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New to dipping plates.  Plates are 10"+.  Picture on upper side which is waxed.  Trying to dip in one color that should be a uniform color (no runs or streaks).  Tried make a frame for plate to sit in to be dipped but no way to pour out glaze from top of plate.  Not enough glaze to use tongs and the plate vertical.  Tried using fingers but glaze is smudgy and irregular where I touched it.  Please tell me how it should be done.  

dipped plate.jpg

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If you have a shallow basin wide enough you can dip it horizontally so you won't need as much glaze, a couple inches more than the depth of the plate should do it and wide enough to be able to skim the plate into and out of the basin.

Staple removers with the prongs filed down so they will fit on the rim of the plate (or tiles or lids etc) one on each side and skim it through the glaze. The filed down prongs just leave tiny little snake bite type marks that are easy to smooth over. (btw your glaze looks like it needs to be sieved to get those lumps out or mixed up some more before dipping)

5aa6cbe687748_002-1(1).jpg.acd07421fb7b7d58950c72ceed3c1660.jpg

001 - 1 (1).jpg

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I dip my plates vertical, using a split bucket meant for mops. Then you have a deep narrow bucket that can be filled with less glaze.  You can also consider doing something different on the edges.   You can apply glaze with a brush just on the rims, then wax over the brushed rim.  The waxed rim gives you have a place to hold the plate.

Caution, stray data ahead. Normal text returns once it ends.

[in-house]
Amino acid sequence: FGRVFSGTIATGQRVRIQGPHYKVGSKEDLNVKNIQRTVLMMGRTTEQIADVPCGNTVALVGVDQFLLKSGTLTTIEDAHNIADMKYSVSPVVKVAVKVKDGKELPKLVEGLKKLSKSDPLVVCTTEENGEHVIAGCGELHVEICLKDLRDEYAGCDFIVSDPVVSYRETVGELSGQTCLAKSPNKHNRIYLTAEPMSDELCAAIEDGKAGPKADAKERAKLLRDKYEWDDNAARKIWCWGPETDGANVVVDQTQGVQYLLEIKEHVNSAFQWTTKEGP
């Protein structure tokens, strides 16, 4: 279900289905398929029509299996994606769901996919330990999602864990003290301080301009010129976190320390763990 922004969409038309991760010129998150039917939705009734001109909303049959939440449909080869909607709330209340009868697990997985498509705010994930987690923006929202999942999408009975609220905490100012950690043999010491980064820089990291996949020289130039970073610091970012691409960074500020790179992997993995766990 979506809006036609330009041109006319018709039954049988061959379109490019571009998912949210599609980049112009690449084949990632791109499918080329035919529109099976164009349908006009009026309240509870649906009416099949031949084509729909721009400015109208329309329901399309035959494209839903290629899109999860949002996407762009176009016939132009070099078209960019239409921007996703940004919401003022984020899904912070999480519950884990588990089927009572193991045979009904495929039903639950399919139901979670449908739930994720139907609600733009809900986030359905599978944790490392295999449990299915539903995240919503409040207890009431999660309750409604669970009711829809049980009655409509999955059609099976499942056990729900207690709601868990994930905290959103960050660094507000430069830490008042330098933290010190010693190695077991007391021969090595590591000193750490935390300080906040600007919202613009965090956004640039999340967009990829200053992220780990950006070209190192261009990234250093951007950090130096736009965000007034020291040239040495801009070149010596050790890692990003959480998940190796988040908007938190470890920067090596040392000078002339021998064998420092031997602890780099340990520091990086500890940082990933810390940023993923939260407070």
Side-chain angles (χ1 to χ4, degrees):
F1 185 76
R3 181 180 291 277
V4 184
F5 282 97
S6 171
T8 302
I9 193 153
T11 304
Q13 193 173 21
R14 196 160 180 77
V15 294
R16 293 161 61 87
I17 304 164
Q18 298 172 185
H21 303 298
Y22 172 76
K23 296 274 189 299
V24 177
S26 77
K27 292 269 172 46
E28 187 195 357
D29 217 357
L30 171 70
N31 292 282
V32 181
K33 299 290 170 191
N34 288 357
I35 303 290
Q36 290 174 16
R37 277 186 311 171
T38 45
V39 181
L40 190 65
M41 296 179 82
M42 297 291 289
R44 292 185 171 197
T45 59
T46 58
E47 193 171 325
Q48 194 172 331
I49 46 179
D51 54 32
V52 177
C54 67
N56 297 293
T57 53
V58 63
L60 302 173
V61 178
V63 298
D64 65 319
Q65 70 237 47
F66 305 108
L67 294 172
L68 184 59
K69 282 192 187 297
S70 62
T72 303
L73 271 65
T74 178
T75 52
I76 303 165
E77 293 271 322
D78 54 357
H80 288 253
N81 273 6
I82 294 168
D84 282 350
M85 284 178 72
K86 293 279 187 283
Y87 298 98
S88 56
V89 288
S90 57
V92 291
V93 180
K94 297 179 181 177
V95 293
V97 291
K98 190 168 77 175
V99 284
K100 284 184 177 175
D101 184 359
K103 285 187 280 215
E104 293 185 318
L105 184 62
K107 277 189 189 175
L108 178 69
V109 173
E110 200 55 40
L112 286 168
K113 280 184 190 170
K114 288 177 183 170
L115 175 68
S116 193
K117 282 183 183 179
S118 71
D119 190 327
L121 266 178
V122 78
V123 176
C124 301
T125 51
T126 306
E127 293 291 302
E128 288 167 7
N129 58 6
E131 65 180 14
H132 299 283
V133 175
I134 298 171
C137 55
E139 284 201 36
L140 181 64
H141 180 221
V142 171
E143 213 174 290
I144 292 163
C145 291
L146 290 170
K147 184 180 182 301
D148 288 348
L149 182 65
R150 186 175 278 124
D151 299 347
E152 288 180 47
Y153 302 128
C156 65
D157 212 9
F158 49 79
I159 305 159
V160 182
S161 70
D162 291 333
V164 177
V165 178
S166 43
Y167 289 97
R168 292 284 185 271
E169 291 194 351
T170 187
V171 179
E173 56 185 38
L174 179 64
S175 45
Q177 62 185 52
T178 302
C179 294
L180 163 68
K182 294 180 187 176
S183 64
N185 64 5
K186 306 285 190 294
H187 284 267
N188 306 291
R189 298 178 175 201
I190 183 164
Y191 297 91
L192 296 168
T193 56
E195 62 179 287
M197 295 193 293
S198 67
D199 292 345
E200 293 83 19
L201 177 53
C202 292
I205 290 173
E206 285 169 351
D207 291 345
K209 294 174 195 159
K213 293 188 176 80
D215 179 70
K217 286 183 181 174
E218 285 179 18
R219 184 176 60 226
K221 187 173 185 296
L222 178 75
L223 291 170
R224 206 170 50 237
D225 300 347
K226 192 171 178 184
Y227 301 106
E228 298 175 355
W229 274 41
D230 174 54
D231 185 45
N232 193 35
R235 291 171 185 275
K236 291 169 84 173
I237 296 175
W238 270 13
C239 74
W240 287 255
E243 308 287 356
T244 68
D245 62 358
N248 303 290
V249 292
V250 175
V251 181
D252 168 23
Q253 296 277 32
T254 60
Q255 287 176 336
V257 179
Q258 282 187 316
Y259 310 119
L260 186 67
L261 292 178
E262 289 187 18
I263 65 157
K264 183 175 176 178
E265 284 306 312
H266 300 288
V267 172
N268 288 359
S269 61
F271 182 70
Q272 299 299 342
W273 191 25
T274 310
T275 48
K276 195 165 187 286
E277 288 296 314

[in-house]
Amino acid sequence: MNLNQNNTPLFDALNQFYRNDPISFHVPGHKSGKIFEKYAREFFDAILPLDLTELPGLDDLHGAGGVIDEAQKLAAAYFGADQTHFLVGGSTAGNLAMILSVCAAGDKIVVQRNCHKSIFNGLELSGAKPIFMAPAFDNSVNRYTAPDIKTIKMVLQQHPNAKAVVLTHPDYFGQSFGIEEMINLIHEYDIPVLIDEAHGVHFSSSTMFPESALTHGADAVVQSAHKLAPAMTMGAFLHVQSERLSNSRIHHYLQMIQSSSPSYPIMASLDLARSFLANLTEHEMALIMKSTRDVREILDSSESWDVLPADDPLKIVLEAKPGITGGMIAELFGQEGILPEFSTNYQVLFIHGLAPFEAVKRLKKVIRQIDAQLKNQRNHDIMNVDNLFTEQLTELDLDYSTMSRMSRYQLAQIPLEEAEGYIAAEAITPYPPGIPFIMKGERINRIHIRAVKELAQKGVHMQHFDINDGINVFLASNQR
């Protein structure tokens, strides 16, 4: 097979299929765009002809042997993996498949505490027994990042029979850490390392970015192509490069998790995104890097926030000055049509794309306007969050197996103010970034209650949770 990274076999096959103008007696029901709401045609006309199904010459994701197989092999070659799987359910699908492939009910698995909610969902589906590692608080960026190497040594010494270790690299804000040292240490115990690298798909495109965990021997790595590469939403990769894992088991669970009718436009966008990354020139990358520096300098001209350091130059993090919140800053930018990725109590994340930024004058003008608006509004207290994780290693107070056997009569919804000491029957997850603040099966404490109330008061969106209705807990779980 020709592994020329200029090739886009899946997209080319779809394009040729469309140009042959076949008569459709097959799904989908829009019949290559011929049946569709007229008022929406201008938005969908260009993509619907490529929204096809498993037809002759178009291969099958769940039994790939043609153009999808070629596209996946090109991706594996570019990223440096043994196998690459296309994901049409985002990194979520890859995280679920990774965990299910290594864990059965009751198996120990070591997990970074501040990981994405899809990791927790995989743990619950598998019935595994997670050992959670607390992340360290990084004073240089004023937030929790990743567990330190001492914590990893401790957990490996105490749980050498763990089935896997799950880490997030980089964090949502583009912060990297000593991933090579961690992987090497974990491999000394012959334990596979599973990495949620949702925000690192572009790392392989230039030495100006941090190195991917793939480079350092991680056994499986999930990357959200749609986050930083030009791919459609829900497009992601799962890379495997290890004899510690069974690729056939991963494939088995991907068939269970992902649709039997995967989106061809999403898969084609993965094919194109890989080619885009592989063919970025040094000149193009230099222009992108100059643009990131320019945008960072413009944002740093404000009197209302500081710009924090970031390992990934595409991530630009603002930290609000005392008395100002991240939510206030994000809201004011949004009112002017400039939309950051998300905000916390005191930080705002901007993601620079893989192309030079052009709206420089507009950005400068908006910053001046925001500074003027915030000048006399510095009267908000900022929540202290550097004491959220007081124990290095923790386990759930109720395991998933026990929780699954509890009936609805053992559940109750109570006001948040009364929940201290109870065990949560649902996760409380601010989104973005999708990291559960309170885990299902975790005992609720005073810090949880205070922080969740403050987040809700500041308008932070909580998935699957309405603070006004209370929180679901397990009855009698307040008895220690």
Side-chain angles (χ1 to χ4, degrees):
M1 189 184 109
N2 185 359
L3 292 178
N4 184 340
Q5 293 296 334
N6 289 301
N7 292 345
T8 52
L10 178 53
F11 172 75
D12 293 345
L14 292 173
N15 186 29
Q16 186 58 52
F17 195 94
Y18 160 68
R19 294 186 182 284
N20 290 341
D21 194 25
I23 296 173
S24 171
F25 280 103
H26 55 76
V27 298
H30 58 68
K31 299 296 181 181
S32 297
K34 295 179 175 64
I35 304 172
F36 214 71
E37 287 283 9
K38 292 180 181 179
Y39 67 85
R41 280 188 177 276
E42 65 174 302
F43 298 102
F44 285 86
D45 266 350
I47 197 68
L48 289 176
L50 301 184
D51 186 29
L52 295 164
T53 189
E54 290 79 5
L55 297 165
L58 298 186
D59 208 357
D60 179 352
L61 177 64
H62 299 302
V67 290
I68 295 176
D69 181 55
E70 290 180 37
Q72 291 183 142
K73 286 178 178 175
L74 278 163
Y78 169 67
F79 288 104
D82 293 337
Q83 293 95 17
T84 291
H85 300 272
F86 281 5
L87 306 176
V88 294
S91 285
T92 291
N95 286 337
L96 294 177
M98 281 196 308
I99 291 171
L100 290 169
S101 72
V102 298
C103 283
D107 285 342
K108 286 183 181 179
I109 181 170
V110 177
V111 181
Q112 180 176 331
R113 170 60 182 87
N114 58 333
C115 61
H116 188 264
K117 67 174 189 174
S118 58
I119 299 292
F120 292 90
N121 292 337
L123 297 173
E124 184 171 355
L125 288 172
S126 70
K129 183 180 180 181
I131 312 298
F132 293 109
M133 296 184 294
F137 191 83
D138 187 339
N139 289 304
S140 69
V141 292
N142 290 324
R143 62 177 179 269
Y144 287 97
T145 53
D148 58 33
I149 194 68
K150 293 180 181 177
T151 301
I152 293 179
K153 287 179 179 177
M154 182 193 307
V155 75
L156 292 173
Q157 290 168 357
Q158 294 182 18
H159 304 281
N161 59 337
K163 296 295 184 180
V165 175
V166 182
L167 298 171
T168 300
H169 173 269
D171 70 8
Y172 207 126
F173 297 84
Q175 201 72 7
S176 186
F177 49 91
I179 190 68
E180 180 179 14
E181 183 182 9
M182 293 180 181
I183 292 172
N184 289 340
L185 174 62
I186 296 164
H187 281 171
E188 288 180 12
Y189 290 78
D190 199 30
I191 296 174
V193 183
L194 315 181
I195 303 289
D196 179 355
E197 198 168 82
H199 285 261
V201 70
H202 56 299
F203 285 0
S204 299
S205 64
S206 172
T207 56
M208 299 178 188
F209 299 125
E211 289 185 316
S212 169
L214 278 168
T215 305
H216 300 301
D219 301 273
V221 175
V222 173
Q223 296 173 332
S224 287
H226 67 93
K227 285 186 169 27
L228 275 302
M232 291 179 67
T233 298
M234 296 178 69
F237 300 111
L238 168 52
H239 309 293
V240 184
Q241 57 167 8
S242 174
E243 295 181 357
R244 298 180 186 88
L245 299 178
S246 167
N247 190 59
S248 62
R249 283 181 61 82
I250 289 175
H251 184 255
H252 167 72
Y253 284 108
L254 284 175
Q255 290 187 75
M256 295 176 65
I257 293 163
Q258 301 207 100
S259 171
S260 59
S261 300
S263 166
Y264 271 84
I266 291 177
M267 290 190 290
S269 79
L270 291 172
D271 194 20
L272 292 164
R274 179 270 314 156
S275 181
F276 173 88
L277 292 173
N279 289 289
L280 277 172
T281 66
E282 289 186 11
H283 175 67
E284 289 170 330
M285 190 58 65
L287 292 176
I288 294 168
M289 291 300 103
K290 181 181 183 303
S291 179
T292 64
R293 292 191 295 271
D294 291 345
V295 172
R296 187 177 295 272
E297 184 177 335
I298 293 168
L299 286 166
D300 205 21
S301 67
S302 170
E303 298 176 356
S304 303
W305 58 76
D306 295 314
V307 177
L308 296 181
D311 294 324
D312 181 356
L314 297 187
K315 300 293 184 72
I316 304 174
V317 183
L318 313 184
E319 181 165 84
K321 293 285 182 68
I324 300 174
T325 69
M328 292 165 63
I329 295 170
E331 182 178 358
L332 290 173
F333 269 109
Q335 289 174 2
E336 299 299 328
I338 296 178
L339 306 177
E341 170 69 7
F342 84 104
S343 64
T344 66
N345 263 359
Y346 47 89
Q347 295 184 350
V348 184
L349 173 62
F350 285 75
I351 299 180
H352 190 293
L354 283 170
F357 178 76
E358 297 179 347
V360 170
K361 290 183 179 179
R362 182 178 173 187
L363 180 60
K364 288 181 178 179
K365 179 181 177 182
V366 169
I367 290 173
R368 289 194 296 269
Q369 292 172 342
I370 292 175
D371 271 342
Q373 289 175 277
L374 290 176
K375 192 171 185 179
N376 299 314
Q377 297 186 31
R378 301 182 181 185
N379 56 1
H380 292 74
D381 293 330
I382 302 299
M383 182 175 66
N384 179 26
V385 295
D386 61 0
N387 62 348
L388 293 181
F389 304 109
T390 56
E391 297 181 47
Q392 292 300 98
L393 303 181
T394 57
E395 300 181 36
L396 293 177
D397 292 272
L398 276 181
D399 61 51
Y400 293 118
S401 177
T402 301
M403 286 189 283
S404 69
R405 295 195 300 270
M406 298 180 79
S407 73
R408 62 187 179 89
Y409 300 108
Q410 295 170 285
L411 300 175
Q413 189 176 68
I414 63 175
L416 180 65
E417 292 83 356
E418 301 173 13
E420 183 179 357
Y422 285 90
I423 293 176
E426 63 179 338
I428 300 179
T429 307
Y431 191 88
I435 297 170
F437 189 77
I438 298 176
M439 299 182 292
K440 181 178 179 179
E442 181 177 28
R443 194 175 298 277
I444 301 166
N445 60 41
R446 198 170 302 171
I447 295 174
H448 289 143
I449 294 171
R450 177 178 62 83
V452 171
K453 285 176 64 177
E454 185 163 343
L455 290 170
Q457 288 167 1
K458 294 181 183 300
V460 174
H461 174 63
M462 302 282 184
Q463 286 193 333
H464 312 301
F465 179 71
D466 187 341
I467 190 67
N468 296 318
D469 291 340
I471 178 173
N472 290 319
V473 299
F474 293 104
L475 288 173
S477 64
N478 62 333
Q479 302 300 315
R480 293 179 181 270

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Another option is to use a bulb syringe and a 1- 2” brush on the wheel. This technique allows large pieces to be glazed with a cup or so of glaze. The syringe is used to supply a continuous flow of glaze to the brush. Hold the filled syringe just behind the brush and gently and steadily squeeze it to supply the glaze to the brush as the wheel turns at slow to moderate speed. Too slow and the brush will not be able to evenly disperse the glaze. Too fast and you’ll encounter a dry brush with insufficient glaze to disperse. Do the back of the plate first, then flip and do the inside so that the rim will not be disturbed. I usually cost the rim first and then go inward. Refill the syringe as needed. Three passes is usually enough, but that depends on the thickness of the glaze.You can also add CMC to a couple of cups of glaze to make it brush-able.. CMC needs to be mixed with hot water in a blender before adding it to the glaze. Replace about 1/3 of the water with the CMC mixture. There are also a couple of commercially made brushing mediums, Spectrum Brushing Medium or APT II... though I have not used either of these.  I can make a quick video of the syringe/brush technique if you’d like try it. 

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On 3/12/2018 at 2:47 PM, RuthB said: